There are no finer details.
Let us start from the beginning.
You have a camera with a lens and the file stores what was projected on the sensor.
You can change the lens, for example to a wide angle lens and the file just do the same. No black magic there.
You can then store an image taken with a fisheye lens. The file itself has no idea and stores the image exactly the same way.
A file format has no way to differentiate what is stored in it.
Ok. Now let's take a look at some types of "360" images.
A 360 image for start is one that contains information on what is around you. Behind you, in front, to the left, to the right.
The most primitive way to capture this information is by taking a photo of a metallic reflective sphere. This contains information about (almost) all your surroundings.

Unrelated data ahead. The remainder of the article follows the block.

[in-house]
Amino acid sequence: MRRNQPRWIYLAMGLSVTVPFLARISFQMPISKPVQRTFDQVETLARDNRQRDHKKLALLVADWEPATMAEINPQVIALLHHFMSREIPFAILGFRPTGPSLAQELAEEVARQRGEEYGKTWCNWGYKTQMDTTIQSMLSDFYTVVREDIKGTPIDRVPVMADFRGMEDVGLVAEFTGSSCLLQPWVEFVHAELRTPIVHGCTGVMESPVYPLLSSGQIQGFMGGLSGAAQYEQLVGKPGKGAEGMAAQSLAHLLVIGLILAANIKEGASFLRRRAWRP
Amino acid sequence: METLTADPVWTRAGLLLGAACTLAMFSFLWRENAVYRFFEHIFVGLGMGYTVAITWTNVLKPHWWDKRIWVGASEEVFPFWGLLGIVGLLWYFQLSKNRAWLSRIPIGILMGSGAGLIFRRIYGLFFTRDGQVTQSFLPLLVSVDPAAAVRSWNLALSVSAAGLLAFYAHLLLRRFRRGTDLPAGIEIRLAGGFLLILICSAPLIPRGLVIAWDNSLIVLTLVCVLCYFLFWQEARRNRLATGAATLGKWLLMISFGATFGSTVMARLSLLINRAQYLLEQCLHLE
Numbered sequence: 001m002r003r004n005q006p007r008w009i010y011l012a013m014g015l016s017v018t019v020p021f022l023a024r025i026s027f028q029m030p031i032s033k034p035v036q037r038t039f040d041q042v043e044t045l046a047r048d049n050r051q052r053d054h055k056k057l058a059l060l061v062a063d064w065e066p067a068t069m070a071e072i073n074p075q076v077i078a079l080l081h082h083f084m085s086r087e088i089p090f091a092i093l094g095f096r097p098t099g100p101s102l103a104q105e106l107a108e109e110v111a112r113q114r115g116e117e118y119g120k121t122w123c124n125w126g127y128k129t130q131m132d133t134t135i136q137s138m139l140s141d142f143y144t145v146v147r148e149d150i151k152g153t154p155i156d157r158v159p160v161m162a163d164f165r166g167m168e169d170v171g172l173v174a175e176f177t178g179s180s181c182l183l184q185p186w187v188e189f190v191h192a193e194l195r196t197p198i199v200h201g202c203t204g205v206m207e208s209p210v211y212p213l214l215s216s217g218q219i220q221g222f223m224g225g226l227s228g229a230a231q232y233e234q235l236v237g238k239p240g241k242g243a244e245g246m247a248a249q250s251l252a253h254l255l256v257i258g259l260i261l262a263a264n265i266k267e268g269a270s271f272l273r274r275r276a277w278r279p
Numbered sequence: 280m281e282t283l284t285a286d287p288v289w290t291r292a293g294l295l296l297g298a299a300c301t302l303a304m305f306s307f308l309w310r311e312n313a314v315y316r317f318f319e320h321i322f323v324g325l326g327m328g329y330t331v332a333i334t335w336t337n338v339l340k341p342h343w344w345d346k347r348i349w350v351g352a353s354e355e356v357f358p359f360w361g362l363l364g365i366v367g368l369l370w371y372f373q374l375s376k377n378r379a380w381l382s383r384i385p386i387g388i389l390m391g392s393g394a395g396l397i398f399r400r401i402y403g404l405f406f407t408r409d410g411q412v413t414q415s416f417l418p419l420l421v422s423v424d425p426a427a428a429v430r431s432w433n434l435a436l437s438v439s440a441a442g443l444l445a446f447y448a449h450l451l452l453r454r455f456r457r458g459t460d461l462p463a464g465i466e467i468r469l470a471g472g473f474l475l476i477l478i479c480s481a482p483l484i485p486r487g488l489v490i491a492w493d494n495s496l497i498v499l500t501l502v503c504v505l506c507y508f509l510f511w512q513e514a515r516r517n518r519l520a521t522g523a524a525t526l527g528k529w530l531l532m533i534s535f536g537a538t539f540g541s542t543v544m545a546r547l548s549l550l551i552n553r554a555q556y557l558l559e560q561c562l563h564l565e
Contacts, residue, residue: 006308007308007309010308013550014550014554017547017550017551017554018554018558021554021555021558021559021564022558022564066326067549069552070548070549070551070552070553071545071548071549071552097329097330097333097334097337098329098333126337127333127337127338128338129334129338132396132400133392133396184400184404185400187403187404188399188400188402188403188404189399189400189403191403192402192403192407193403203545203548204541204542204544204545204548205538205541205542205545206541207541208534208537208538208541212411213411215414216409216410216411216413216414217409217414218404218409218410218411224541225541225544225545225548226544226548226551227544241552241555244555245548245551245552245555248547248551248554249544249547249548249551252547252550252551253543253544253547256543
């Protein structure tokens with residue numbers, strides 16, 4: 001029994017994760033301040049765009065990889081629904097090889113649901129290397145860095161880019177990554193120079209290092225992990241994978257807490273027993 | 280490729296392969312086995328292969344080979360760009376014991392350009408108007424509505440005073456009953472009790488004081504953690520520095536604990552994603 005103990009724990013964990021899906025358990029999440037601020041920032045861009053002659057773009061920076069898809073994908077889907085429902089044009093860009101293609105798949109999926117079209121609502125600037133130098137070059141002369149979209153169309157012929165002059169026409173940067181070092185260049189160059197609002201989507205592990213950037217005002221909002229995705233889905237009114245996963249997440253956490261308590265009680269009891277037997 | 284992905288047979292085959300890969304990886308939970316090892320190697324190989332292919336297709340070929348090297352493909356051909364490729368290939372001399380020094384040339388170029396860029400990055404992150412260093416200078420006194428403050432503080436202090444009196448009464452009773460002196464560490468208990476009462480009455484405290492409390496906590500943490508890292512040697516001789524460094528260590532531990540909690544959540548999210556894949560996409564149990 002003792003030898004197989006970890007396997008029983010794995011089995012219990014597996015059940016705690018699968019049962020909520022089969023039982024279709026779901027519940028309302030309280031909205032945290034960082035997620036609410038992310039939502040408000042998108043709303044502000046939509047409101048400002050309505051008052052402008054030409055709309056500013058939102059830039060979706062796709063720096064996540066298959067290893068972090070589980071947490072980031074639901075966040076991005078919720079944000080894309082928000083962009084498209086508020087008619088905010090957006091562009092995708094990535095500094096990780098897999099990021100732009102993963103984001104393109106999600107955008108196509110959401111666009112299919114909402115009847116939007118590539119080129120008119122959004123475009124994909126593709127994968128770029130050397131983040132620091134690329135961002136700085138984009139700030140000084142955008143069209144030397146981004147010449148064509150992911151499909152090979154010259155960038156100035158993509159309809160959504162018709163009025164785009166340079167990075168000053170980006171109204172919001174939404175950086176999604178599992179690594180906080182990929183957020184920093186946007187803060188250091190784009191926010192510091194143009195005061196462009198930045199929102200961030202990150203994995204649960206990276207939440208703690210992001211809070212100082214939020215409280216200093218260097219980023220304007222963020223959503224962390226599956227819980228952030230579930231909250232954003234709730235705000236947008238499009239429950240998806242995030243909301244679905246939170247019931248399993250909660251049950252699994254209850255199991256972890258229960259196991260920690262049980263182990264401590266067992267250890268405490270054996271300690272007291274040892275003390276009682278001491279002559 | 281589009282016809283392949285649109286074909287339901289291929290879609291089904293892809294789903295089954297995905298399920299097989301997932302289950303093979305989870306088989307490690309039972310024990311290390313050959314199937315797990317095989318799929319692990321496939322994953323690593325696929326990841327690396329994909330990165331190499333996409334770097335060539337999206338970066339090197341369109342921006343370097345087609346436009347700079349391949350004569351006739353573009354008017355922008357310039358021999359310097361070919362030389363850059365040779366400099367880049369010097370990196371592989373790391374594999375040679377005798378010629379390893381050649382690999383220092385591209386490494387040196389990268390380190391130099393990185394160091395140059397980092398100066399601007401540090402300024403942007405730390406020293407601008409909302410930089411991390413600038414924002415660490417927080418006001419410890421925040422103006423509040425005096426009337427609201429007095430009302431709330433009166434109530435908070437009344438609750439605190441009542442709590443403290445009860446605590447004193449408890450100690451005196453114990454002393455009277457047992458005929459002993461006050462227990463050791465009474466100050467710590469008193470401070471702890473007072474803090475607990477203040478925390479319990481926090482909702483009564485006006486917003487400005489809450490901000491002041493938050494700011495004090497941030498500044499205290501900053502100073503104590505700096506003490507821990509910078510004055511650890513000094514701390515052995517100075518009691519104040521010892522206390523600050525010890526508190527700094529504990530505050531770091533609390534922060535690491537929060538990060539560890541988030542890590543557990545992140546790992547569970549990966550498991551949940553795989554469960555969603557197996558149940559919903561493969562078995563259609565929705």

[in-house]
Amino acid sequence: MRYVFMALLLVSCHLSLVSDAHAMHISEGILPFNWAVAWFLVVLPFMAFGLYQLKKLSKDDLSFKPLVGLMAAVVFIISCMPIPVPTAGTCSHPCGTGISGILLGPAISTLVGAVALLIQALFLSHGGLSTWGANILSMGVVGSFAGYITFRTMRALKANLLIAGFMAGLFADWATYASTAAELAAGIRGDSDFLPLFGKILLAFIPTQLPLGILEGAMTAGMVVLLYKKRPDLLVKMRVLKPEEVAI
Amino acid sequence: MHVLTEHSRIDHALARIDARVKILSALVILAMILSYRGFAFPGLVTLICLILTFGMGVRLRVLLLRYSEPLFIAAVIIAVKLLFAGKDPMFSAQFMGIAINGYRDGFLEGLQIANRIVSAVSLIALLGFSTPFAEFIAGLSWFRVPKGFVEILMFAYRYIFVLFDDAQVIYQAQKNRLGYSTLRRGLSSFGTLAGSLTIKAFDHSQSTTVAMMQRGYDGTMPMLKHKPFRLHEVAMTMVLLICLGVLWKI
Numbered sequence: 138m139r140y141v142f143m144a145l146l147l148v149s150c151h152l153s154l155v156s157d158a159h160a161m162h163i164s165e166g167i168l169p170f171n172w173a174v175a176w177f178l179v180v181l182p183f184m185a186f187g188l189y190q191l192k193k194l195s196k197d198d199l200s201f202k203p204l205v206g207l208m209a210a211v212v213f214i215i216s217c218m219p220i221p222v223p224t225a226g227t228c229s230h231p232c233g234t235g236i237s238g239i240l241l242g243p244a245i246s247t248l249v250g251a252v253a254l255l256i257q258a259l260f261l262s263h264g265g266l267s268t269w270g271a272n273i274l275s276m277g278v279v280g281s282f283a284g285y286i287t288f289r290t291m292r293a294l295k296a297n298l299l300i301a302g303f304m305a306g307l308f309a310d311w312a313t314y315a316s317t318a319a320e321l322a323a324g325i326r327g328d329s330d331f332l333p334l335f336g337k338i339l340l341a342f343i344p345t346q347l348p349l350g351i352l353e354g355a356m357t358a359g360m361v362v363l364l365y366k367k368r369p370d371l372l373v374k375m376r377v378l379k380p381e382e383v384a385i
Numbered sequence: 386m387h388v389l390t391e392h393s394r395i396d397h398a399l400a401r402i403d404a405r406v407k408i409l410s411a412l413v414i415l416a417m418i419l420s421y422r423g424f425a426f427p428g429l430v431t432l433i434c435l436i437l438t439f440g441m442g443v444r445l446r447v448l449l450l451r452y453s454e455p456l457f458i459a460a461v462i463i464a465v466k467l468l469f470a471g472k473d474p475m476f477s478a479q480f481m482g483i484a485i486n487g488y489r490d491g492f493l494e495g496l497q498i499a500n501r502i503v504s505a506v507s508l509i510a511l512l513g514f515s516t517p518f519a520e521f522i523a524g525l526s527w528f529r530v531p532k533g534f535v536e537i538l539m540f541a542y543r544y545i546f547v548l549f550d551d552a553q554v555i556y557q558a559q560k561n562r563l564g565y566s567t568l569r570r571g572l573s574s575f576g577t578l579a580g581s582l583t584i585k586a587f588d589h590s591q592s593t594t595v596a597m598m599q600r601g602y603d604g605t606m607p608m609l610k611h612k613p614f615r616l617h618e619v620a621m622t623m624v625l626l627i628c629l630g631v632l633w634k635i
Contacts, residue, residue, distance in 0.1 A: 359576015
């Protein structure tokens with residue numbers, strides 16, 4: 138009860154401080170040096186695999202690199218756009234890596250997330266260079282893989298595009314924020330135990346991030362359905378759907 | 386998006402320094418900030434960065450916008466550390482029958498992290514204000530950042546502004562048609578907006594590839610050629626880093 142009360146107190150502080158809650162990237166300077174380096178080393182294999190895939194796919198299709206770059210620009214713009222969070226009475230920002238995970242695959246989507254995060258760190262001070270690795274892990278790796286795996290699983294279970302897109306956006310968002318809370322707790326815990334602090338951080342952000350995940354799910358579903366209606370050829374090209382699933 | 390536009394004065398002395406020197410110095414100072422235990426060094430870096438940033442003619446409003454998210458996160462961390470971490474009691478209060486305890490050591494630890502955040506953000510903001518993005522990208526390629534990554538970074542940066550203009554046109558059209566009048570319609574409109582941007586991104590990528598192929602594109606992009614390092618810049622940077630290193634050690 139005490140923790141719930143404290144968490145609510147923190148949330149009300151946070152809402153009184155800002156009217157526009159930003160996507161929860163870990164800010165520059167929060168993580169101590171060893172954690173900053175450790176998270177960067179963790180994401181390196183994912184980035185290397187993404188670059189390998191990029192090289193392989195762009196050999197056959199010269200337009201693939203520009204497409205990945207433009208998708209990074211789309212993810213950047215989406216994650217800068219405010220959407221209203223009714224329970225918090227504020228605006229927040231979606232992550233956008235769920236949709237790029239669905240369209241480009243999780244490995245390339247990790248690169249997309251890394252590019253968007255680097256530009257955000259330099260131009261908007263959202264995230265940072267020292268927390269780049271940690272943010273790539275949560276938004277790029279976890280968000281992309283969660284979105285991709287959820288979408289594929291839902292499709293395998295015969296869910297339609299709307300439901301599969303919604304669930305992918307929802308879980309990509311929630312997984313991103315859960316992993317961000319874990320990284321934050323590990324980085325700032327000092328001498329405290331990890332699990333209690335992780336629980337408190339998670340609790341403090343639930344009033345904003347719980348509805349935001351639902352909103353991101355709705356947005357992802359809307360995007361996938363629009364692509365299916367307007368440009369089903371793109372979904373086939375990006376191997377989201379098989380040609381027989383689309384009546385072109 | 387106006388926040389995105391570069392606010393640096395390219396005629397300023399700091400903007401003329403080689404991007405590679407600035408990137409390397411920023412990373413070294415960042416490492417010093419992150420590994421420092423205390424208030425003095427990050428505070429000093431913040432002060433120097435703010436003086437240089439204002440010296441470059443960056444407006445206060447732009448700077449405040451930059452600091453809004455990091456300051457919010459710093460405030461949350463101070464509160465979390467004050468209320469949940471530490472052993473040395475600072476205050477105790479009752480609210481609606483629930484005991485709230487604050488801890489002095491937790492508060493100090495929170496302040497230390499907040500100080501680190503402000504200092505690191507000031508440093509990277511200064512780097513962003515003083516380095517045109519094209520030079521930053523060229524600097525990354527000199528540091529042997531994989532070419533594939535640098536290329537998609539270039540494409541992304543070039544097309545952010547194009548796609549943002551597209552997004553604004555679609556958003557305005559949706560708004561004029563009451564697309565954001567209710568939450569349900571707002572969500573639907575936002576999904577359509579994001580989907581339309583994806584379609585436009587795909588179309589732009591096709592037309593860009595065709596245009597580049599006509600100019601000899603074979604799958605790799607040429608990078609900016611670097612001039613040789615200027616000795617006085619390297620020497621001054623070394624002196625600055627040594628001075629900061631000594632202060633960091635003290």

360 images from a spherical reflective ball
This is a "Probe Map" projection. But there are several others. Cubic projection, Spherical projection, Cylindrical projection.
What now has popularized these images is the ability to compute these transformations and unwrap them again.
So this simple Jpg with a distorted projection is projected into a 3D "solid" from the inside and then you see a section of it, and you can move around.
This solid can be a sphere or a cube, depending on the application. (Cube is the most common)
Here is a link to a simple paper I wrote some years ago about the basics of different projections for environment maps.
The trick is that we have now software that can interact with this projection, either on a 3D rendering software for a video or animation, or in real-time like a video game, a VR application, or a simple panorama on a website.